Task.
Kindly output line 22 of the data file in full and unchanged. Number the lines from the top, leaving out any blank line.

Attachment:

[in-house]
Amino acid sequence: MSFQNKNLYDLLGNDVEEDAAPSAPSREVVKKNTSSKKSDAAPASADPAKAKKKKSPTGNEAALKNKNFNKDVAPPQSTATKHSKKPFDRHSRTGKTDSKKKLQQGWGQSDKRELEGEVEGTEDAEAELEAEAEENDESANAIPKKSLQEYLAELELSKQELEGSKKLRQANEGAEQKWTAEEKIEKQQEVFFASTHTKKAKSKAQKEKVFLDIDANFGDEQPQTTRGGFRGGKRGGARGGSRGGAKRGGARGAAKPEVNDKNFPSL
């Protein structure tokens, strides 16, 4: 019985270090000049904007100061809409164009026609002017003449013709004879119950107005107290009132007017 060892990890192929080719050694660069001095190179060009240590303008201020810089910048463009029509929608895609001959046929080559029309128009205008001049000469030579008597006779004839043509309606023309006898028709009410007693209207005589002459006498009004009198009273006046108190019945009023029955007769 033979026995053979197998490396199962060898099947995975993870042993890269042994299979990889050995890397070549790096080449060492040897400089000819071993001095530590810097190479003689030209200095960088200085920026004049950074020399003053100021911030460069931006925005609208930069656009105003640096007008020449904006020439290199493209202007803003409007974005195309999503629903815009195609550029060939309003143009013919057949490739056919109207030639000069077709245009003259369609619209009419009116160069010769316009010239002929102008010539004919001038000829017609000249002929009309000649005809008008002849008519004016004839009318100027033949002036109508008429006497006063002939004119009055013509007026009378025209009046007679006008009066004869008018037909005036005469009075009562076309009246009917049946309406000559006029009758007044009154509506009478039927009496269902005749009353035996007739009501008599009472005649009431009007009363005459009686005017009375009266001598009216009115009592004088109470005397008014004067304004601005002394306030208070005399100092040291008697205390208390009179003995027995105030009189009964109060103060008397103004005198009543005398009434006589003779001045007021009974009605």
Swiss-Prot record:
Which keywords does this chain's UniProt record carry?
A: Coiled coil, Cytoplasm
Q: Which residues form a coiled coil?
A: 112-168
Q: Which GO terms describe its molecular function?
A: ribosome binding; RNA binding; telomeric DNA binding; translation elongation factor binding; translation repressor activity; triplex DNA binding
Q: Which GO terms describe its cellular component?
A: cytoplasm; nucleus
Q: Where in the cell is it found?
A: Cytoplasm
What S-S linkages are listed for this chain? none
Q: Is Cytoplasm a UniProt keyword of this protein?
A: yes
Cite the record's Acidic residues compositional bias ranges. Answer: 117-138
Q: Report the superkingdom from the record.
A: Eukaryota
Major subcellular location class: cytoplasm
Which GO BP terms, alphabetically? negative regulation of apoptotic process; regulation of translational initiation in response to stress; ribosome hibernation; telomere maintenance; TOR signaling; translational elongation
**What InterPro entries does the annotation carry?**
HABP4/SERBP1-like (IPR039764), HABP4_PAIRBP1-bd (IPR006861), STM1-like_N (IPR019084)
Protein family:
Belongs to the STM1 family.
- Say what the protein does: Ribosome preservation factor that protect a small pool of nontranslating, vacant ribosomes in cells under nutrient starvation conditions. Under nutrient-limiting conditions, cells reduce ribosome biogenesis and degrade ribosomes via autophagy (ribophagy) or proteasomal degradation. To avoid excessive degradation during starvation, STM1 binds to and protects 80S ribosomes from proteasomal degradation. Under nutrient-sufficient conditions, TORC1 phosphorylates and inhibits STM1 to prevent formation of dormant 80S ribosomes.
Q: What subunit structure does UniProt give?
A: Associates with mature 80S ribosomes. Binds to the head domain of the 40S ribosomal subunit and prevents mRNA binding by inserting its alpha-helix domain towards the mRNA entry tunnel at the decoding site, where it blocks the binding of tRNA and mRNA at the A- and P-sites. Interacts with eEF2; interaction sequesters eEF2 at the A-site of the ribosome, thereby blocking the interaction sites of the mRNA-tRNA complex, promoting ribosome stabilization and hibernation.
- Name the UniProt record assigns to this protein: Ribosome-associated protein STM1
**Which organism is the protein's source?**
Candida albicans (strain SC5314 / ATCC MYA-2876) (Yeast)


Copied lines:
Which GO BP terms, alphabetically? negative regulation of apoptotic process; regulation of translational initiation in response to stress; ribosome hibernation; telomere maintenance; TOR signaling; translational elongation